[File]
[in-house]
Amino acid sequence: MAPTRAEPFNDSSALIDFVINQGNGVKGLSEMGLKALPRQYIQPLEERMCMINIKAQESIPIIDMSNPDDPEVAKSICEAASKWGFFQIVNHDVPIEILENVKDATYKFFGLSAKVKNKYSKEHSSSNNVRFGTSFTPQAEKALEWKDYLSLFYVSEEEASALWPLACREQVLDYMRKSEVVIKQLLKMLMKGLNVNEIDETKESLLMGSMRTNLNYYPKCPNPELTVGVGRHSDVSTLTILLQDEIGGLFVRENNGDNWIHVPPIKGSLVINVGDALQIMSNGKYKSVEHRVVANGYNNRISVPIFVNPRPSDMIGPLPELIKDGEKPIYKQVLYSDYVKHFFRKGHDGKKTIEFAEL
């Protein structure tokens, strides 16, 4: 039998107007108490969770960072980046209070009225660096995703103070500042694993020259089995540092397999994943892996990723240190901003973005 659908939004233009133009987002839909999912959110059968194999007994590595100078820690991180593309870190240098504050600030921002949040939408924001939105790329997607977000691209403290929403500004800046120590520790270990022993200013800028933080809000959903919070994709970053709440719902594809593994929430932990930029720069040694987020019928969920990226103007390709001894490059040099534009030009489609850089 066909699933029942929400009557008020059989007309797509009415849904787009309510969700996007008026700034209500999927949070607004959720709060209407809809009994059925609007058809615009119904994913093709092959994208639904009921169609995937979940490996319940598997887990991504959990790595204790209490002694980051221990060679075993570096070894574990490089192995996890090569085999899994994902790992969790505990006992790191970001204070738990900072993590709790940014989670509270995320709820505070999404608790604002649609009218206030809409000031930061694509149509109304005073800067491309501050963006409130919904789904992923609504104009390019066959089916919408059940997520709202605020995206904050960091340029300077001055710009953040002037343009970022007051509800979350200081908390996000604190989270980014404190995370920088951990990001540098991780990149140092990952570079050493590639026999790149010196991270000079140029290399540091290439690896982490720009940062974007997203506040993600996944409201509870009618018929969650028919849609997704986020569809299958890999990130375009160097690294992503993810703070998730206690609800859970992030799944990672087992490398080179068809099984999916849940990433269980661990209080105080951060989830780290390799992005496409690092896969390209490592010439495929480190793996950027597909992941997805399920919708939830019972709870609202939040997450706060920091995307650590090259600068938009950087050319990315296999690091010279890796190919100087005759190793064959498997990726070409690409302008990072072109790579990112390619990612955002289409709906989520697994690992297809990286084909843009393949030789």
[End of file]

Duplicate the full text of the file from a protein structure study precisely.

[in-house]
Amino acid sequence: MAPTRAEPFNDSSALIDFVINQGNGVKGLSEMGLKALPRQYIQPLEERMCMINIKAQESIPIIDMSNPDDPEVAKSICEAASKWGFFQIVNHDVPIEILENVKDATYKFFGLSAKVKNKYSKEHSSSNNVRFGTSFTPQAEKALEWKDYLSLFYVSEEEASALWPLACREQVLDYMRKSEVVIKQLLKMLMKGLNVNEIDETKESLLMGSMRTNLNYYPKCPNPELTVGVGRHSDVSTLTILLQDEIGGLFVRENNGDNWIHVPPIKGSLVINVGDALQIMSNGKYKSVEHRVVANGYNNRISVPIFVNPRPSDMIGPLPELIKDGEKPIYKQVLYSDYVKHFFRKGHDGKKTIEFAEL
């Protein structure tokens, strides 16, 4: 039998107007108490969770960072980046209070009225660096995703103070500042694993020259089995540092397999994943892996990723240190901003973005 659908939004233009133009987002839909999912959110059968194999007994590595100078820690991180593309870190240098504050600030921002949040939408924001939105790329997607977000691209403290929403500004800046120590520790270990022993200013800028933080809000959903919070994709970053709440719902594809593994929430932990930029720069040694987020019928969920990226103007390709001894490059040099534009030009489609850089 066909699933029942929400009557008020059989007309797509009415849904787009309510969700996007008026700034209500999927949070607004959720709060209407809809009994059925609007058809615009119904994913093709092959994208639904009921169609995937979940490996319940598997887990991504959990790595204790209490002694980051221990060679075993570096070894574990490089192995996890090569085999899994994902790992969790505990006992790191970001204070738990900072993590709790940014989670509270995320709820505070999404608790604002649609009218206030809409000031930061694509149509109304005073800067491309501050963006409130919904789904992923609504104009390019066959089916919408059940997520709202605020995206904050960091340029300077001055710009953040002037343009970022007051509800979350200081908390996000604190989270980014404190995370920088951990990001540098991780990149140092990952570079050493590639026999790149010196991270000079140029290399540091290439690896982490720009940062974007997203506040993600996944409201509870009618018929969650028919849609997704986020569809299958890999990130375009160097690294992503993810703070998730206690609800859970992030799944990672087992490398080179068809099984999916849940990433269980661990209080105080951060989830780290390799992005496409690092896969390209490592010439495929480190793996950027597909992941997805399920919708939830019972709870609202939040997450706060920091995307650590090259600068938009950087050319990315296999690091010279890796190919100087005759190793064959498997990726070409690409302008990072072109790579990112390619990612955002289409709906989520697994690992297809990286084909843009393949030789």